United Airlines 173 – The Need for CRM
In late December 1978, a United Airlines commercial aircraft DC-8 carrying 181 passengers and 8 crew crashed outside Portland, Oregon. 8 passengers and 2 crew members died. Although the crew did encounter a real malfunction of the aircraft, ultimately the National Transportation and Safety Board (NTSB) investigation concluded it was the crew’s carelessness and inability to work together effectively that led to a preventable exhaustion of all fuel causing all 4 engines to flame out. The crew’s responsibility for the crash was seen as a common theme arising in several other recent (at the time) aviation mishaps- i.e. the inability for crews to work and communicate with one another effectively. Therefore, this crash directly led to multiple airline companies adopting new training for all crews beginning in 1981, which has evolved to become what aircrew know today as Crew Resource Management (CRM).
SUMMARY OF EVENTS
Here is the summary abstract from the official NTSB report:
“About 1815 Pacific standard time on December 28, 1978, United Airlines, Inc., Flight 173 crashed into a wooded, populated area of suburban Portland, Oregon, during an approach to the Portland International Airport. The aircraft had delayed southeast of the airport at a low altitude for about 1 hour while the flightcrew coped with a landing gear malfunction and prepared the passengers for the possibility of a landing gear failure upon landing. The plane crashed about 6 nmi southeast of the airport. The aircraft was destroyed; there was no fire. Of the 181 passengers and 8 crewmembers aboard, 8 passengers, the flight engineer, and a flight attendant were killed and 21 passengers and 2 crewmembers were injured seriously.
The National Transportation Safety Board determined that the probable cause of the accident was the failure of the captain to monitor properly the aircraft’s fuel state and to properly respond to the low fuel state and the crewmember’s advisories regarding fuel state. This resulted in fuel exhaustion to all engines. His inattention resulted from preoccupation with a landing gear malfunction and preparations for a possible landing emergency.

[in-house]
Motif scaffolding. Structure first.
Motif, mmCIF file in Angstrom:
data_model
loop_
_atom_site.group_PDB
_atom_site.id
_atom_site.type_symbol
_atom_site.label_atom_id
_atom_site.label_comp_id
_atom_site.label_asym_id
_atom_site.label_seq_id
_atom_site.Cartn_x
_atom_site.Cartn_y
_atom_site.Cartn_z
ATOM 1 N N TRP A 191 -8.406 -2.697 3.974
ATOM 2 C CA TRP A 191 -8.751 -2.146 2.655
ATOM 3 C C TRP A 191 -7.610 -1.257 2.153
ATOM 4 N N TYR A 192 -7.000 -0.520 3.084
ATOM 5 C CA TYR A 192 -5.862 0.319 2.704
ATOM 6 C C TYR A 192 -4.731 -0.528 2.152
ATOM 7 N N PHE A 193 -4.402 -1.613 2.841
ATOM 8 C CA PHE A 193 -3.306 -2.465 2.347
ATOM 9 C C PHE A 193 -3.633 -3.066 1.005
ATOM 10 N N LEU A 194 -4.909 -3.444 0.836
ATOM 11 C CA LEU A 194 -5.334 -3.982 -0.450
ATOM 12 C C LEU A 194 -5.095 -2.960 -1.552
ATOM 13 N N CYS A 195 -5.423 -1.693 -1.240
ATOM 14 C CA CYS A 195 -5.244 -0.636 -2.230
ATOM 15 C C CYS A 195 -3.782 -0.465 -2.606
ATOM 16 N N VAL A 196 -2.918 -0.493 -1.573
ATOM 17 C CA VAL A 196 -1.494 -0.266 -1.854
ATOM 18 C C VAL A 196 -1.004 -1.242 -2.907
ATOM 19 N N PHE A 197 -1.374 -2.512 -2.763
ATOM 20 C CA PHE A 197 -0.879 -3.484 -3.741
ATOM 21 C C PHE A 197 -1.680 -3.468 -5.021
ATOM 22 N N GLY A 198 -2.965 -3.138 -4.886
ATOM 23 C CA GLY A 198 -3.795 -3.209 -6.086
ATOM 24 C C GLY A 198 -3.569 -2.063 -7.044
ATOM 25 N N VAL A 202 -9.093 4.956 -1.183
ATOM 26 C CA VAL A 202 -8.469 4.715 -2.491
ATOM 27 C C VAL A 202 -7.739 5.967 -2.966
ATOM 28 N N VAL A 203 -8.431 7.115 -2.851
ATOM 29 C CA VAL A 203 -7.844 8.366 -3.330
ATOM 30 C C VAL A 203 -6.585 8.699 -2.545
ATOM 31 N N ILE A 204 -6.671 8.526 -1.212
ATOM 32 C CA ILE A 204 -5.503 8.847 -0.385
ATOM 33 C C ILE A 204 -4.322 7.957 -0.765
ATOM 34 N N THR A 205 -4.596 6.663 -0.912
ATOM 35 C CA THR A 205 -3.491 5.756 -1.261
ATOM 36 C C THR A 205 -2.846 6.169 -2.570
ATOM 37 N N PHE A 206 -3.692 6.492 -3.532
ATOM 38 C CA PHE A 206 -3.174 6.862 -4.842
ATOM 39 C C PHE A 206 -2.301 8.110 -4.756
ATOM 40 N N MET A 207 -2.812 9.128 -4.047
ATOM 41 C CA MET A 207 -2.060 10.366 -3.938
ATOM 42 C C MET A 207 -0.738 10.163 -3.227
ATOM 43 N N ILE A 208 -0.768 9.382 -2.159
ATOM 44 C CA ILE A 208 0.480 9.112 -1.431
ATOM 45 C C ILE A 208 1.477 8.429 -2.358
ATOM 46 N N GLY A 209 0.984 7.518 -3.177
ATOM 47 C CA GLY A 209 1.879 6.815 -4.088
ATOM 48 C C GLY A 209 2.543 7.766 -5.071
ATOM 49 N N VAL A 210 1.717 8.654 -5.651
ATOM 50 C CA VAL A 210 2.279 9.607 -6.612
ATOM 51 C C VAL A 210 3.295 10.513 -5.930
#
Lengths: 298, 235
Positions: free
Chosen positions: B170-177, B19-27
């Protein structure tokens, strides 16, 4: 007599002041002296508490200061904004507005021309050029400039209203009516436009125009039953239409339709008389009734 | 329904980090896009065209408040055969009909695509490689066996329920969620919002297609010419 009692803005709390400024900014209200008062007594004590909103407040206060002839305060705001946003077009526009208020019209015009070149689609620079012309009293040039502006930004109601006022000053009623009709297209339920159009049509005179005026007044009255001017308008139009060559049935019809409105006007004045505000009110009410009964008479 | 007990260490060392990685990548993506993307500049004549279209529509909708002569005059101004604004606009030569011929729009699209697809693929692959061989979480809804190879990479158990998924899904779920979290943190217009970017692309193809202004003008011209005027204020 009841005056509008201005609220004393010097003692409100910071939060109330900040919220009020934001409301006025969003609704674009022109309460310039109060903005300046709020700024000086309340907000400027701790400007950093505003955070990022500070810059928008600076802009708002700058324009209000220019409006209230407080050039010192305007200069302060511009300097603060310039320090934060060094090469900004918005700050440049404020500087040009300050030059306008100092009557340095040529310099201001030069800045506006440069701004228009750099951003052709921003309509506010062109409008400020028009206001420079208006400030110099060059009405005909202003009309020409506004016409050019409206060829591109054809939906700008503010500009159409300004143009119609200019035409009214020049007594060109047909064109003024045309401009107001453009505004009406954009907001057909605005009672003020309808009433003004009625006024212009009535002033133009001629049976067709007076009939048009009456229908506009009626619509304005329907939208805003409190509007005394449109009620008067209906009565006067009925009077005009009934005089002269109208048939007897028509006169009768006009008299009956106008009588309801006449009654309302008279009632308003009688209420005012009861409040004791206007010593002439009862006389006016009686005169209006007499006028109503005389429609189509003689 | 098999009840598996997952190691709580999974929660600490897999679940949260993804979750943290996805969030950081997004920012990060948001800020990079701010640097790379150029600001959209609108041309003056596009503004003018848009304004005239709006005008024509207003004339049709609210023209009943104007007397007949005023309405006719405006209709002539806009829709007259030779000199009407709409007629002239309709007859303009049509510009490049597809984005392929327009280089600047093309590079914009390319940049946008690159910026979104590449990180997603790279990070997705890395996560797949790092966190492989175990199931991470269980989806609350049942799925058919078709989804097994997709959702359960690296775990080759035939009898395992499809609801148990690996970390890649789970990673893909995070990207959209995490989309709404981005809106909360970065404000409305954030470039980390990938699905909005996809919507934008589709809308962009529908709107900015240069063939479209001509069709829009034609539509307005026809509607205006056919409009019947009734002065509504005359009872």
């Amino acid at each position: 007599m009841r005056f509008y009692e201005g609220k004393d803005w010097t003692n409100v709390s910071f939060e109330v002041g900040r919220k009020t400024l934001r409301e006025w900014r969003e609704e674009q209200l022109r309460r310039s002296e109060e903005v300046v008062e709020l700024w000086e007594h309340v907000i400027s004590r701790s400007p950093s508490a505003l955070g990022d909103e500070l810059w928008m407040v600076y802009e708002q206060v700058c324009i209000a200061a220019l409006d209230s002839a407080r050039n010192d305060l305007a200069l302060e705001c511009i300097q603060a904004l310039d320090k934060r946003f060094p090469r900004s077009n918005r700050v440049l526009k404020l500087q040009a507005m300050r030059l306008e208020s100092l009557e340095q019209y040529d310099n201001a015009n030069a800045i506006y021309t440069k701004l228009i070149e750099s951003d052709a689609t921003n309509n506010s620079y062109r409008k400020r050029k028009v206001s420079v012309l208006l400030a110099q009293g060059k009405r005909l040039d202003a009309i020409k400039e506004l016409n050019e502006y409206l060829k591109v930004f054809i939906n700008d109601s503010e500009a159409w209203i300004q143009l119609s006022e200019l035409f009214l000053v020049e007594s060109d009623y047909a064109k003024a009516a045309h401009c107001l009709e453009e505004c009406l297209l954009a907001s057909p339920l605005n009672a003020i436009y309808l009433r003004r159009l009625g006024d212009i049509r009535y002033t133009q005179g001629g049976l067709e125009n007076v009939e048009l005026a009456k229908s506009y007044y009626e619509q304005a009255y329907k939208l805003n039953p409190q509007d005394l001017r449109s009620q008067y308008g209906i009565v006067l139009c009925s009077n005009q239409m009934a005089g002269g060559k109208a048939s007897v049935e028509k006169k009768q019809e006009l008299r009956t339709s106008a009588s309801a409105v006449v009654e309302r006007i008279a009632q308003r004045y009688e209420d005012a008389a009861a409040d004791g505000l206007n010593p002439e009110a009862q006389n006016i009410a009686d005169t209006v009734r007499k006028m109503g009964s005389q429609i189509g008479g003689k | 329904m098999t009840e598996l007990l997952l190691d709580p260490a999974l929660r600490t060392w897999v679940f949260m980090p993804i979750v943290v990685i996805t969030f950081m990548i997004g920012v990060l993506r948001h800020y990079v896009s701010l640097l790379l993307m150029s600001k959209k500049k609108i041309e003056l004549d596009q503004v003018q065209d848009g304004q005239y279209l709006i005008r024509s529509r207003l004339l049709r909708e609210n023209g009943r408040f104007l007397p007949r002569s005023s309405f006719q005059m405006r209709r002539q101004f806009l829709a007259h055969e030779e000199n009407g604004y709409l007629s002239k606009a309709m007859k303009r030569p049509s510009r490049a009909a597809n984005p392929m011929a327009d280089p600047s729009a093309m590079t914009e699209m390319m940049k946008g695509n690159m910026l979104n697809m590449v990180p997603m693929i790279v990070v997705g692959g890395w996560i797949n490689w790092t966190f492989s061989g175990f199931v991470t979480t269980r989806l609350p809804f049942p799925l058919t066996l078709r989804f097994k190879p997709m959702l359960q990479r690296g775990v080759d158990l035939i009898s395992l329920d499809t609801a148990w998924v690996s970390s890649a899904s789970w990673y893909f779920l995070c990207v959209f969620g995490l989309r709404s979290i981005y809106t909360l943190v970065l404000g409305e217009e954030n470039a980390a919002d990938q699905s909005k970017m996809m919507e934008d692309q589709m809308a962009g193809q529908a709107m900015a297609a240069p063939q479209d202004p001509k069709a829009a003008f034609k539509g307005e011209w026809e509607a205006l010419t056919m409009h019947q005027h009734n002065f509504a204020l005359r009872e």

Contributing to the accident was the failure of the other two flight crewmembers either to fully comprehend the criticality of the fuel state or to successfully communicate their concern to the captain. ”
Although the pilot’s abilities to land the DC-8 in a populated suburban area with minimal loss of life should be lauded, the unfortunate event could have almost certainly been avoided if the pilot-in-command and his crew had worked together more effectively. After the landing gear malfunction, the crew held in a pattern south of Portland for 1 hour and 2 minutes. Their fuel quantities were known throughout the series of events and the time and distance able to be traveled with diminishing fuel was predictable. Concerns for fuel levels were even voiced by several members of the crew throughout the time United 173 was holding. Ultimately, the captain’s isolated attention to the gear malfunction eclipsed the more serious concern of fuel quantities. By the time this was realized, reaching Portland International had become an impossibility.
FINAL RADIO TRANSMISSIONS
At 1809:21, the captain advised Portland Approach, “United, seven three is going to turn toward the airport and come on in.” After confirming Flight 173’s intentions, Portland Approach cleared the flight for the visual approach to runway 281.
At 1810:17, the captain requested that the flight engineer “reset that circuit breaker momentarily. See if we get gear lights.” The flight engineer complied with the request.